FLY777UAL From United States of America, joined May 1999, 4512 posts, RR: 3 Posted (11 years 11 months 2 weeks 4 days 14 hours ago) and read 3807 times:
As Stansted is being hailed the "new Heathrow" by the British Government, huge focus is being placed on the growth of the airport.
Would a US airline theoretically be allowed to switch all of its Gatwick flights to STN while beefing up frequency to The States, and offer connections via air from STN to LCY onboard an aircraft (operating in a shuttle, quick-turn manner) such as the ARJ-85 or Dash 8-300? The segment could not be sold as a separate STN-LCY flight, of course, but could be touted as a continuation service to the heart of London.
If the answer is yes, would this option actually be a good idea? Is LCY that convenient for the majority of business travellers into London? Would a LCY spur flight be more convenient than, say, taking the train from STN into the city?
FLY777UAL From United States of America, joined May 1999, 4512 posts, RR: 3
Reply 2, posted (11 years 11 months 2 weeks 4 days 14 hours ago) and read 3774 times:
The point is to serve London as a city, not LCY or STN as destination airports. The LCY extension would be more of a train or coach-like service to downtown, rather than a connection airport (if that makes sense...). The LCY service would in a way compete with the train for bringing STN passengers into the city, but would be offered more as a customer perk--seamless service to Downtown with the airline versus travelling by a completely different means on an entirely separate company. Otherwise, a nice hop over to MAN and then to LCY would be perfect!
Steman From Germany, joined Aug 2000, 1403 posts, RR: 7
Reply 3, posted (11 years 11 months 2 weeks 4 days 14 hours ago) and read 3768 times:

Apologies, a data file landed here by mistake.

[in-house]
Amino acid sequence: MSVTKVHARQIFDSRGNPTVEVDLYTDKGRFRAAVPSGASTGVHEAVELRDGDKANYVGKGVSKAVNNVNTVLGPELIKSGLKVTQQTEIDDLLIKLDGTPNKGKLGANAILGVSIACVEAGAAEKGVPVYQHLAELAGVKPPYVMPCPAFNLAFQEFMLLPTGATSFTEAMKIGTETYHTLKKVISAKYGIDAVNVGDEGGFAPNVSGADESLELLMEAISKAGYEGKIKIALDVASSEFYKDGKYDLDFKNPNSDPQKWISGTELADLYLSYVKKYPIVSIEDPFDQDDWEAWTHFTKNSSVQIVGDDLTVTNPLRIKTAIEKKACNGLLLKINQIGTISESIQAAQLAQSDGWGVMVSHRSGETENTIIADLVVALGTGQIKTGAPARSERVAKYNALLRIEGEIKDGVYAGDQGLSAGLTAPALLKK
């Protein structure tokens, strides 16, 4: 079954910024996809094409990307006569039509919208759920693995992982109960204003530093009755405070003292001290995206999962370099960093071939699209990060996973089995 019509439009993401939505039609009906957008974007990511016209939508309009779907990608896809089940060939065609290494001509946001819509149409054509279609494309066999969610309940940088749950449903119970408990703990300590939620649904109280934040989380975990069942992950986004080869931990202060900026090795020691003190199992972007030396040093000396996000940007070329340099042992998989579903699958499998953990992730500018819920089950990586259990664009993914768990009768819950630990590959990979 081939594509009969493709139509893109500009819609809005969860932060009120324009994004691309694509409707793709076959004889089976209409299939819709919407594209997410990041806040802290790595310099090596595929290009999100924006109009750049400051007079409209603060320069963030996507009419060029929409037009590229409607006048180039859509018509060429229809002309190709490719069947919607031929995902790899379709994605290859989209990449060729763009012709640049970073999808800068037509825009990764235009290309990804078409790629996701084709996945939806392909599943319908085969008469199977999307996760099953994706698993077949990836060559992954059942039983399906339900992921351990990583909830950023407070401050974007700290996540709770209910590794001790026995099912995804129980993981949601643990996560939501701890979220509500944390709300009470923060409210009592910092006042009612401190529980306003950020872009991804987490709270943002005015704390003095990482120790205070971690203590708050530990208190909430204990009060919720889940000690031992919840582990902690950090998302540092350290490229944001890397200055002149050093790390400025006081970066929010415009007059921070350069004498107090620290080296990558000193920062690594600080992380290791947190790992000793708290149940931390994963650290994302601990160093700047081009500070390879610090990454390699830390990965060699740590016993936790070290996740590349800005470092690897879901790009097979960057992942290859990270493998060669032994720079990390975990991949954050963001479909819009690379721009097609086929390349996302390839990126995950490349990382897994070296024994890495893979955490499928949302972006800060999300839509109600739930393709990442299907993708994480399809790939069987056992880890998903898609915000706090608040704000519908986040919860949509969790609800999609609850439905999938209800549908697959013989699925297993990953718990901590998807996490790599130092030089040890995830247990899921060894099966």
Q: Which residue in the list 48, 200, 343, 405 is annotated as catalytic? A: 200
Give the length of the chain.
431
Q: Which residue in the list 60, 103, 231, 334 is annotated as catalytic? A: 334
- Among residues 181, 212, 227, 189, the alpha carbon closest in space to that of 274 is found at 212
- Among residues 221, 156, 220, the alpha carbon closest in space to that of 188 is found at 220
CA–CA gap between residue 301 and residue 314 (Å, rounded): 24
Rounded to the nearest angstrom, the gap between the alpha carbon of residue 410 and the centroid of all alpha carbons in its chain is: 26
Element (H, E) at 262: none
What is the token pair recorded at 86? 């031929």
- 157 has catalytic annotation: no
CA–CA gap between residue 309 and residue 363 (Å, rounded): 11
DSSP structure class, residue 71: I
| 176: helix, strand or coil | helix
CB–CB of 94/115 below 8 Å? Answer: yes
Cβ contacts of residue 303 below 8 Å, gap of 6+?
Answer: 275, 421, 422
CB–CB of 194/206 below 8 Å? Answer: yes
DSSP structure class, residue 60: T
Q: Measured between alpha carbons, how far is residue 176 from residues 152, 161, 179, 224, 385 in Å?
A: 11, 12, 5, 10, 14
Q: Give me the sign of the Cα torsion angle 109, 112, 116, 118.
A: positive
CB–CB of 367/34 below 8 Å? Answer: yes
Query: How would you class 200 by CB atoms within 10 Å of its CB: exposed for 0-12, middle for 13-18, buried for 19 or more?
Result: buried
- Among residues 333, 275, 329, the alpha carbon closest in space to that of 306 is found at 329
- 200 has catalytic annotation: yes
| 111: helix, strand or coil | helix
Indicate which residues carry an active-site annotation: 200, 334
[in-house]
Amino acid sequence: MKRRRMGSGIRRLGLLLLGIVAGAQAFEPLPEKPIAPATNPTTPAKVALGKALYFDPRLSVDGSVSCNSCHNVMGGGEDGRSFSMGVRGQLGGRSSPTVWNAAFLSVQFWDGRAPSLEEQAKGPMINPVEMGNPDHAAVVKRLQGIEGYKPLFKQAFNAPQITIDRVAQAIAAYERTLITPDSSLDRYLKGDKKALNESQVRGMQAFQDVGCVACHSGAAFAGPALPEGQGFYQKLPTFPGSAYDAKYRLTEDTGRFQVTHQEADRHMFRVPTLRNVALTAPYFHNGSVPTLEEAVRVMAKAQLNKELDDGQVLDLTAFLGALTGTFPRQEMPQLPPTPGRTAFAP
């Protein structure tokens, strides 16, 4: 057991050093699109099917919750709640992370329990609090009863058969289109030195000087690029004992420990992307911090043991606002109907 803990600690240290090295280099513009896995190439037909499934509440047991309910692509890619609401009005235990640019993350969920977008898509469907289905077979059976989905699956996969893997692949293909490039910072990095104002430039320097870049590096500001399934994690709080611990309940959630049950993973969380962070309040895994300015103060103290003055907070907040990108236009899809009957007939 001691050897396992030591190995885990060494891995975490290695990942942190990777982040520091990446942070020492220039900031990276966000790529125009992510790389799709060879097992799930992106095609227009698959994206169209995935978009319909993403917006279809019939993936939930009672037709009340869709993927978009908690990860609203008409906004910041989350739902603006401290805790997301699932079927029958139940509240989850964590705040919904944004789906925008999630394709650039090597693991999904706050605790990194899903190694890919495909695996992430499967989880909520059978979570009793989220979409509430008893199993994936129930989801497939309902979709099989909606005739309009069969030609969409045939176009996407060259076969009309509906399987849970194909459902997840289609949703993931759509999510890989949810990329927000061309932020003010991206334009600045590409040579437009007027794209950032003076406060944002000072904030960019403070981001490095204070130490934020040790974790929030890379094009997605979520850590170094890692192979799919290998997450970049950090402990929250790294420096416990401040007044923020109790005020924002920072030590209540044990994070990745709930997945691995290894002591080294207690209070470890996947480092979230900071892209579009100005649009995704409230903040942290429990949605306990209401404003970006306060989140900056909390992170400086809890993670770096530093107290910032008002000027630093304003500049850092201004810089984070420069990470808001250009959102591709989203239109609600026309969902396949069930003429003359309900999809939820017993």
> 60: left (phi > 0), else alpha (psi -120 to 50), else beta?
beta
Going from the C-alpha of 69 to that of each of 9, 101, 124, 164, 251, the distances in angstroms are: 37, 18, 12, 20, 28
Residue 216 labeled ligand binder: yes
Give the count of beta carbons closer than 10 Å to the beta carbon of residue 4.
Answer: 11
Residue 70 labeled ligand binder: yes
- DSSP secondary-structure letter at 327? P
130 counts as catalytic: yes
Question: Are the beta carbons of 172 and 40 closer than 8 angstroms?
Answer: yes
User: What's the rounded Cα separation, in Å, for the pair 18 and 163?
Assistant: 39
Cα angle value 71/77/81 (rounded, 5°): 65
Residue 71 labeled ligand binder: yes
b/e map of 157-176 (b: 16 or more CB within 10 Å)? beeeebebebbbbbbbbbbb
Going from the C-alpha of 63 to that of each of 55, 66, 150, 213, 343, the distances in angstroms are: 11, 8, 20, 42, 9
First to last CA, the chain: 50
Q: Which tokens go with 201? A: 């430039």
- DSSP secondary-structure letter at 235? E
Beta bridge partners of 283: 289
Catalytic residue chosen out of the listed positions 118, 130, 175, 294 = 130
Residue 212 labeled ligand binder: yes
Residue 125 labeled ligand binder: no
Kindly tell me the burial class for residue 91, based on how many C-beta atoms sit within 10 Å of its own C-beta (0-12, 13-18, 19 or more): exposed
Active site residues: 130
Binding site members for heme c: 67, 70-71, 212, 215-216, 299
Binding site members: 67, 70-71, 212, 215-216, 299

It would be more practicle to improve the current Stansted Express train service to Liverpool Street Station which is a lot closer to the city than LCY.
Currently the train takes 45 minutes but it runs very slow and has some stops so it shouldn't be difficult to convert it into a high speed no stop connection.
Another option could be to extend some underground lines to STN like the Piccadilly does for Heathrow.
But if you look at a map of London you can see how close to the centre is LHR compared to either Stansted, Gatwick and Luton so it will be hard to beat it.
Vfw614 From Germany, joined Dec 2001, 4062 posts, RR: 5
Reply 4, posted (11 years 11 months 2 weeks 4 days 13 hours ago) and read 3735 times:
How about buying some niche German "Transrapid" magnetic monorails and travel with 250mph to the city centre - like the chinese have done for Shanghai-Pudong Airport (the vehicles are actually no monorails, but I don't know the correct technical term in English)
Airport charges at LCY are horrendous (Europe's most expensive airport), so I am not sure if your plan would be feasible economically (in addition to the problems that LCY has limited space at peak hours and probably would not want to waste slots for a STN service). Why not use the Battersea heliport for a heli-shuttle ... And as suggested, from AMS it is only a short across the Channel to LCY - probably not much longer than from STN when it comes to travel time....
Godbless From Sweden, joined Apr 2000, 2753 posts, RR: 16
Reply 5, posted (11 years 11 months 2 weeks 4 days 13 hours ago) and read 3734 times:
When I first read the topic I saw an AA 777 land at LCY...
As mentioned above it makes more sense to fly to CDG, FRA, AMS or elsewhere than to fly to STN and then take a connection to LCY as that would in the end take more time than the Stansted Express.
But after I have been to STN I can say that I wouldn't really want to land there coming from far away...
B-HOP From Hong Kong, joined Nov 2000, 656 posts, RR: 1
Reply 7, posted (11 years 11 months 2 weeks 4 days 12 hours ago) and read 3672 times:
With our railway system, don't think any upgrade would happen for a lon long time, I mean, it is even possible to link West Coast mainline (manchester,Birmingham) to Heathrow through a junction in West London, but yet nothing happens.